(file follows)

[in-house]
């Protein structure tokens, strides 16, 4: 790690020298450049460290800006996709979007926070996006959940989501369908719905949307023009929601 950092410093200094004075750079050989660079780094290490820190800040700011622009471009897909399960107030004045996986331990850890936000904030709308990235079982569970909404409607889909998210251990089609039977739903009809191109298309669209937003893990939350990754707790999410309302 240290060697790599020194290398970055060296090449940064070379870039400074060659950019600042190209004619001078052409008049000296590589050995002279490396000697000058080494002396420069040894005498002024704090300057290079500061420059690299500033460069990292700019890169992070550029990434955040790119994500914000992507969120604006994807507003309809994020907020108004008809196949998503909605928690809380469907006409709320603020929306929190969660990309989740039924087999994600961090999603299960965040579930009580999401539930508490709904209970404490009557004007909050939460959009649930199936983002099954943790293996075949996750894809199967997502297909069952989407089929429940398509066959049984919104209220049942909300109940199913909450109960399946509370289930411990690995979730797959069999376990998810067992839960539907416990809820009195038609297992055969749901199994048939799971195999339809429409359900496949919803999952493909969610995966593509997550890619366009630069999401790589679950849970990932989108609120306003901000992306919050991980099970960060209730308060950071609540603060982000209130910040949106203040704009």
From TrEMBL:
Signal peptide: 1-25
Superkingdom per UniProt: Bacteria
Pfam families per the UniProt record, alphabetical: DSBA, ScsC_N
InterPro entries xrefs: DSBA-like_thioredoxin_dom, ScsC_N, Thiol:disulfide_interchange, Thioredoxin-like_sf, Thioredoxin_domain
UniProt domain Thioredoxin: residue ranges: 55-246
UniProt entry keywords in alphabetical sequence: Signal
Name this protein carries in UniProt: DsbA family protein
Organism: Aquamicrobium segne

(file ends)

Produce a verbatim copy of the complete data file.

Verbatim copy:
[in-house]
């Protein structure tokens, strides 16, 4: 790690020298450049460290800006996709979007926070996006959940989501369908719905949307023009929601 950092410093200094004075750079050989660079780094290490820190800040700011622009471009897909399960107030004045996986331990850890936000904030709308990235079982569970909404409607889909998210251990089609039977739903009809191109298309669209937003893990939350990754707790999410309302 240290060697790599020194290398970055060296090449940064070379870039400074060659950019600042190209004619001078052409008049000296590589050995002279490396000697000058080494002396420069040894005498002024704090300057290079500061420059690299500033460069990292700019890169992070550029990434955040790119994500914000992507969120604006994807507003309809994020907020108004008809196949998503909605928690809380469907006409709320603020929306929190969660990309989740039924087999994600961090999603299960965040579930009580999401539930508490709904209970404490009557004007909050939460959009649930199936983002099954943790293996075949996750894809199967997502297909069952989407089929429940398509066959049984919104209220049942909300109940199913909450109960399946509370289930411990690995979730797959069999376990998810067992839960539907416990809820009195038609297992055969749901199994048939799971195999339809429409359900496949919803999952493909969610995966593509997550890619366009630069999401790589679950849970990932989108609120306003901000992306919050991980099970960060209730308060950071609540603060982000209130910040949106203040704009």
From TrEMBL:
Signal peptide: 1-25
Superkingdom per UniProt: Bacteria
Pfam families per the UniProt record, alphabetical: DSBA, ScsC_N
InterPro entries xrefs: DSBA-like_thioredoxin_dom, ScsC_N, Thiol:disulfide_interchange, Thioredoxin-like_sf, Thioredoxin_domain
UniProt domain Thioredoxin: residue ranges: 55-246
UniProt entry keywords in alphabetical sequence: Signal
Name this protein carries in UniProt: DsbA family protein
Organism: Aquamicrobium segne